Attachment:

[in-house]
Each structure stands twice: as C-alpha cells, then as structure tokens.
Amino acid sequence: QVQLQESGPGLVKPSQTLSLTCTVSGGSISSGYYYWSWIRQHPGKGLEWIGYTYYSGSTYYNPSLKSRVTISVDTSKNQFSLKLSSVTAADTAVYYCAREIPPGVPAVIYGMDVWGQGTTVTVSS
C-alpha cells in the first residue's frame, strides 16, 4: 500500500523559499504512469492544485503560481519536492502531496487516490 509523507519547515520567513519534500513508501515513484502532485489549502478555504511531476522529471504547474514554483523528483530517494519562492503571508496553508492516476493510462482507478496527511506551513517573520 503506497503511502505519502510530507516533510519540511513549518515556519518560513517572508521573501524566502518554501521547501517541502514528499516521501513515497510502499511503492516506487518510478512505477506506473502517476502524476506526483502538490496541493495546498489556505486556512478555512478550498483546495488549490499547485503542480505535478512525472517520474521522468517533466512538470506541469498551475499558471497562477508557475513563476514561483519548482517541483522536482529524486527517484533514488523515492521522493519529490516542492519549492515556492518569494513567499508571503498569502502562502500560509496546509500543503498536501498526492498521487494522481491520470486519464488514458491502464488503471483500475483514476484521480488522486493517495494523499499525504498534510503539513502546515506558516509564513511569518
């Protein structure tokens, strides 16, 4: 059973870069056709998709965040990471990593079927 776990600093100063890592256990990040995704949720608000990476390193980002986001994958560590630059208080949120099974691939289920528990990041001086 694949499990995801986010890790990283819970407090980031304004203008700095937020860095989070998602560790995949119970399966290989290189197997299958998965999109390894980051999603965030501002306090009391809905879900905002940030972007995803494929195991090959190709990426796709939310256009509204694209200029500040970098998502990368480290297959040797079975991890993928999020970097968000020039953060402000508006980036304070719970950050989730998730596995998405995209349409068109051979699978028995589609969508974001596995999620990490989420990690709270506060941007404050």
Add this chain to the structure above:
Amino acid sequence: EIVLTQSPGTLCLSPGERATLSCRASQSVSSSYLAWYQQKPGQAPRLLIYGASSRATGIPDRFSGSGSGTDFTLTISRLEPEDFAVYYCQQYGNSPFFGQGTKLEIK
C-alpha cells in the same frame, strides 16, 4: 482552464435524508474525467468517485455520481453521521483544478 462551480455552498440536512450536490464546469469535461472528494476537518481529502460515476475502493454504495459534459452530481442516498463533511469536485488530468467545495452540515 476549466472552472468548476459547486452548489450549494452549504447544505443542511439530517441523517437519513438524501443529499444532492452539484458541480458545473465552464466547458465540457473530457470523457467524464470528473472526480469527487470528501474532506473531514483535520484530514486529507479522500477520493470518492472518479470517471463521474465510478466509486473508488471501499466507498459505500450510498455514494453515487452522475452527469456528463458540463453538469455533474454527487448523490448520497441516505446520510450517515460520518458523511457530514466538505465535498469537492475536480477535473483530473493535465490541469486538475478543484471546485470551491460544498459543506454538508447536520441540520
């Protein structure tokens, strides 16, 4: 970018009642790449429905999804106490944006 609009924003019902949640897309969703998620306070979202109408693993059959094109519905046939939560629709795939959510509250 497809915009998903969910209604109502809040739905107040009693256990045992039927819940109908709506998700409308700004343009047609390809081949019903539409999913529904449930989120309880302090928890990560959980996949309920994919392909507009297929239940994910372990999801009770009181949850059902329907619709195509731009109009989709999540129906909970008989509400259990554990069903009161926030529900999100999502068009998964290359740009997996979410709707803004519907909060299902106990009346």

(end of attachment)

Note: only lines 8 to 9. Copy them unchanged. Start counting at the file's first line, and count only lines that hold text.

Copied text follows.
C-alpha cells in the same frame, strides 16, 4: 482552464435524508474525467468517485455520481453521521483544478 462551480455552498440536512450536490464546469469535461472528494476537518481529502460515476475502493454504495459534459452530481442516498463533511469536485488530468467545495452540515 476549466472552472468548476459547486452548489450549494452549504447544505443542511439530517441523517437519513438524501443529499444532492452539484458541480458545473465552464466547458465540457473530457470523457467524464470528473472526480469527487470528501474532506473531514483535520484530514486529507479522500477520493470518492472518479470517471463521474465510478466509486473508488471501499466507498459505500450510498455514494453515487452522475452527469456528463458540463453538469455533474454527487448523490448520497441516505446520510450517515460520518458523511457530514466538505465535498469537492475536480477535473483530473493535465490541469486538475478543484471546485470551491460544498459543506454538508447536520441540520
């Protein structure tokens, strides 16, 4: 970018009642790449429905999804106490944006 609009924003019902949640897309969703998620306070979202109408693993059959094109519905046939939560629709795939959510509250 497809915009998903969910209604109502809040739905107040009693256990045992039927819940109908709506998700409308700004343009047609390809081949019903539409999913529904449930989120309880302090928890990560959980996949309920994919392909507009297929239940994910372990999801009770009181949850059902329907619709195509731009109009989709999540129906909970008989509400259990554990069903009161926030529900999100999502068009998964290359740009997996979410709707803004519907909060299902106990009346």